IRS Releases Guidance on Taxability of Certain State Payments Made in 2022

BRC News and AlertsIRS Releases Guidance on Taxability of Certain State Payments Made in 2022

The IRS recently released guidance (IR-2023-23) regarding the taxability of certain payments that were made by states during 2022 to individuals and whether or not they must be included in taxable income on the individuals 2022 tax return. The payments are broken down into two categories:

Refund of State Taxes Paid

“If the payment is a refund of state taxes paid and either the recipient claimed the standard deduction or itemized their deductions but did not receive a tax benefit (for example, because the $10,000 tax deduction limit applied) the payment is not included in income for federal tax purposes.

Payments from the following states in 2022 fall in this category and will be excluded from income for federal tax purposes unless the recipient received a tax benefit in the year the taxes were deducted.”

  • Georgia
  • Massachusetts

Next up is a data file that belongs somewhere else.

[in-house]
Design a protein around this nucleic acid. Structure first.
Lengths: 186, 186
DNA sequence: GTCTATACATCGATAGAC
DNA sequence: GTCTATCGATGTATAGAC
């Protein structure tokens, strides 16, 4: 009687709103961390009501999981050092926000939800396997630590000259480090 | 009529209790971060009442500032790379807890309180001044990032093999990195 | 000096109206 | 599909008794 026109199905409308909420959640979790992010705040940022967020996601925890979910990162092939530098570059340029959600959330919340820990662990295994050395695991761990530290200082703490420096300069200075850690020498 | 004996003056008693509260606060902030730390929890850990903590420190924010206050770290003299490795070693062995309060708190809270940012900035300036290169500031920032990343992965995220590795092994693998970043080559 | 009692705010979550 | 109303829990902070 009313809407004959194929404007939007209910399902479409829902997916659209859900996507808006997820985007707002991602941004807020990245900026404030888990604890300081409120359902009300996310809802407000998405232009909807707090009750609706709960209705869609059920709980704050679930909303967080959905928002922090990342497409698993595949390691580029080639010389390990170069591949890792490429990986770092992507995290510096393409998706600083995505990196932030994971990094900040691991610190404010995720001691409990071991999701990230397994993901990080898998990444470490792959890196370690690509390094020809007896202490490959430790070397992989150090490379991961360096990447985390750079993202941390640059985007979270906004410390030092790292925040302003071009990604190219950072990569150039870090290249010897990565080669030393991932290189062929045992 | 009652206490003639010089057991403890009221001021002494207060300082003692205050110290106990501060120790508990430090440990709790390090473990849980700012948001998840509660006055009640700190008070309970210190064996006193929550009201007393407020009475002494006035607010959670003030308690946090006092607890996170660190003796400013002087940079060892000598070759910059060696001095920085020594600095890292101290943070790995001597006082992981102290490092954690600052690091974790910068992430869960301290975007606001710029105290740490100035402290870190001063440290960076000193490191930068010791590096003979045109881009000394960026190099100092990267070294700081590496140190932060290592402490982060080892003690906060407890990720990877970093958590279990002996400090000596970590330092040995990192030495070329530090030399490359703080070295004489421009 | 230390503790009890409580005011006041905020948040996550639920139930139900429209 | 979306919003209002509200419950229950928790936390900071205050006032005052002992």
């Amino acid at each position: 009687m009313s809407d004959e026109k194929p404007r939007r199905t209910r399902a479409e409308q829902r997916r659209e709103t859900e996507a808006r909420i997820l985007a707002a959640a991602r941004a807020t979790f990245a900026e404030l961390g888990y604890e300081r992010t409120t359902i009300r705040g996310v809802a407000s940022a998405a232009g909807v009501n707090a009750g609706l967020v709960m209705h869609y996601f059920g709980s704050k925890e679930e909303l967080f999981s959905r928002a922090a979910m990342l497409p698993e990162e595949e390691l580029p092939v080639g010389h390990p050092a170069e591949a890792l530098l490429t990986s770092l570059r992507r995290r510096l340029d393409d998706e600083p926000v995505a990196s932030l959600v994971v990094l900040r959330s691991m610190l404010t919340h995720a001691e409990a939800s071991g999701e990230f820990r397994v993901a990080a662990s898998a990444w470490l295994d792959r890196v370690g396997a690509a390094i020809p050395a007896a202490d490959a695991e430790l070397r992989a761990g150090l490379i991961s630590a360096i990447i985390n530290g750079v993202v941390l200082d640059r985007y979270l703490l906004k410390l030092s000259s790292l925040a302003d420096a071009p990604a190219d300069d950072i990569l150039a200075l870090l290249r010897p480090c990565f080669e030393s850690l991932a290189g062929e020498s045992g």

• South Carolina (this would be the “SC Rebate Payment”)
  • Virginia

​​​​​​​General Welfare and Disaster Payments

The general rule is that if a payment falls under the “General Welfare Doctrine” or meets the definition of a “Qualified Disaster Relief Payment” then it is not taxable to the individual who receives the payment. Due to the complexities of these rules and the large number of payments being made during 2022 by the states that may qualify under one of these provisions, the IRS has provided a list of payments that taxpayers may treat as non-taxable on their 2022 tax return without the need for any additional analysis or determinations needing to be made.

Click Here – for a full list of the payments the IRS has deemed not taxable

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The information contained in this article is for informative purposes only and should not be relied on when making any business, legal, or other decisions. This information may be updated without notice and/or may not contain the most current information that is available related to this topic. Please consult with your advisor to determine how this information applies to your specific facts and circumstances.